A preferred form of the wave shape is illustrated in FIG. 1 which shows an anodic current rapidly rising from zero to a maximum then falling rapidly to point t1 on the time scale at which the current shows a substantial and significant decrease in rate so that the current decreases to zero over a prolonged period of time which is represented by t2 on the time scale. The decrease in current in the first stage (within the time period represented by t1) from the maximum to the value at t1 is to approximately one-quarter to one-half the peak value. In the second stage (beginning at t1) with the more slowly decreasing current, the time required for the current to decrease to zero is represented by t2. The ratio of the time of stage 2 to the time of stage 1, that is the ratio of t2 /t1, is between 1 and 6, and preferably from 1 to 3.
The other figures of the drawing represent other suitable wave shapes. FIG. 2 shows a wave in which the current in the first stage rises rapidly to a peak then declines less rapidly to time t1. Thereafter the second stage of more slowly declining current occurs.
FIG. 3 illustrates a square wave in the first stage, followed by a second stage of regularly decreasing current to zero.
FIG. 4 shows a wave form similar to that of FIG. 2, the main difference being that the time required for the second stage is much longer in FIG. 4 than in FIG. 2; in addition the rate of current decrease in the first stage of FIG. 4 is lower than that of FIG. 2.
FIG. 5 illustrates a sine wave form in the first stage, with regularly decreasing current in the second stage.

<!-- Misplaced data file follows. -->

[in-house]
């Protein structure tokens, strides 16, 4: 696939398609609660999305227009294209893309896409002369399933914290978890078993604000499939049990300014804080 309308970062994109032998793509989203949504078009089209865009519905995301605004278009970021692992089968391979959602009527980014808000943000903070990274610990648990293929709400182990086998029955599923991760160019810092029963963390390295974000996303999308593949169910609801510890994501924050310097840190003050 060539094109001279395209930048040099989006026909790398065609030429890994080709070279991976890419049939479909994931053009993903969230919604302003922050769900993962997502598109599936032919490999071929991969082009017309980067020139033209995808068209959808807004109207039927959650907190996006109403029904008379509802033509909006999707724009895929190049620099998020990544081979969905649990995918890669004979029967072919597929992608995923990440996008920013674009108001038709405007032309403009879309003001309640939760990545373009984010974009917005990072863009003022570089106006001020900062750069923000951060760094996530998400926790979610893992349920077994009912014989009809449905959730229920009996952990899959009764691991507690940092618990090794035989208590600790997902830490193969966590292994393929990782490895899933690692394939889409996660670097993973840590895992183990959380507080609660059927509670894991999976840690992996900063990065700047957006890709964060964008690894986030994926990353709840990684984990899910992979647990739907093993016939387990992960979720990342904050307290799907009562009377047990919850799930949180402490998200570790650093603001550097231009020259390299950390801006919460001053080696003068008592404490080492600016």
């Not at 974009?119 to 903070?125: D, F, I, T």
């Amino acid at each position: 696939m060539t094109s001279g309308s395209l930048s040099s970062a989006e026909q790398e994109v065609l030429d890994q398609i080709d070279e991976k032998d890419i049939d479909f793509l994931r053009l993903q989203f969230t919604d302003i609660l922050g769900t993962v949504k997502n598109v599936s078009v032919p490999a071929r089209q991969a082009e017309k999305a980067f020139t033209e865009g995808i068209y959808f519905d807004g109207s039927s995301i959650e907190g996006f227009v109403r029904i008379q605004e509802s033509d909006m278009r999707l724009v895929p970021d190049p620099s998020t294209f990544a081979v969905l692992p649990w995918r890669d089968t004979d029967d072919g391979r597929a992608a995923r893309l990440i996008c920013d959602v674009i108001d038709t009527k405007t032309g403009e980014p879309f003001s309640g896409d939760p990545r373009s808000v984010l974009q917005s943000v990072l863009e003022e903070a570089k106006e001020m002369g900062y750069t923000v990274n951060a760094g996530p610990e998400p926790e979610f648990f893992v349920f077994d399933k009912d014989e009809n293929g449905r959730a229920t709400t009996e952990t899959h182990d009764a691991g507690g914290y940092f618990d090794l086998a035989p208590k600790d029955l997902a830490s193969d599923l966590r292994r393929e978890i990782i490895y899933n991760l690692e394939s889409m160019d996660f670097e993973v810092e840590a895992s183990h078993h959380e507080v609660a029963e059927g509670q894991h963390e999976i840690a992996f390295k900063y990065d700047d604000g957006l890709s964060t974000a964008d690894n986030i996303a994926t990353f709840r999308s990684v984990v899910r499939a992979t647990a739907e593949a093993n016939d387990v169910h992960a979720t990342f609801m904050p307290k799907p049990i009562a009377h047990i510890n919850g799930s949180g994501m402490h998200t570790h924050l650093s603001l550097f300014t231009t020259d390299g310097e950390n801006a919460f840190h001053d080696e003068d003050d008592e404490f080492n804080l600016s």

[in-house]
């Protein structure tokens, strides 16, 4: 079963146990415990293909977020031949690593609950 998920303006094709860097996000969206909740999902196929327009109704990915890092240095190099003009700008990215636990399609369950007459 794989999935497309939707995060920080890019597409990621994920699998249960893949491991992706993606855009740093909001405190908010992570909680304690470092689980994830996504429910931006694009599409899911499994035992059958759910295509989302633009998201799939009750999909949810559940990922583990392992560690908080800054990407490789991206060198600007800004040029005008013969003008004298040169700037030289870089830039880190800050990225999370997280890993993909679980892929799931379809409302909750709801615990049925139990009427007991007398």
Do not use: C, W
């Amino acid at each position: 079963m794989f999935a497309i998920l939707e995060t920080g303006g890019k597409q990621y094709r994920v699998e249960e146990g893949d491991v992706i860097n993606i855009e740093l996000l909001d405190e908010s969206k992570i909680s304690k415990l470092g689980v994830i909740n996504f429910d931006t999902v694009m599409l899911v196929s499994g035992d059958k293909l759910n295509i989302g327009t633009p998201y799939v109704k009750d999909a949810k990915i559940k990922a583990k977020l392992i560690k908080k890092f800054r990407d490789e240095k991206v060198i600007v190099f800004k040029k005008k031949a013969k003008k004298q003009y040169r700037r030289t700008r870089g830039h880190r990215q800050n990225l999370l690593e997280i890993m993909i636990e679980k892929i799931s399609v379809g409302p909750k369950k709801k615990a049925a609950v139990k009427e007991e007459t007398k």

FIG. 6 shows a square wave form in the first stage and a second stage with current declining at a nonuniform rate commencing at t1 and reaching zero, represented by a curve.
FIG. 7 illustrates a sine wave form in the first stage and a second stage with current declining at a nonuniform rate over the time period between t1 and t2.
The particular wave form with two rates of decreasing current provides an alternating current system for etching or electrograining aluminum which is at least 10% more efficient than other alternating current wave forms used with the same aluminum and the same etchant at the same temperature and time conditions.
The time required for the wave to reach a maximum can vary from nearly zero to about 60% of t1, depending upon the design of the power supply and the wave shape. For an initial square wave pulse the time required to reach a maximum is essentially zero (see FIGS. 3 and 5), while with a triangular wave the time may be increased to 20%-60% of t1 (see FIGS. 1, 2 and 4). With triangular waves the time for the current to reach a maximum is usually 25-50% of t1.
The decreasing current of stage 2 may be represented linearly as in FIG. 1 or curved as in FIG. 7, again depending on power supply design. The important feature is that the decreasing wave be in two stages, the first relatively fast and the second relatively slow, decreasing to zero.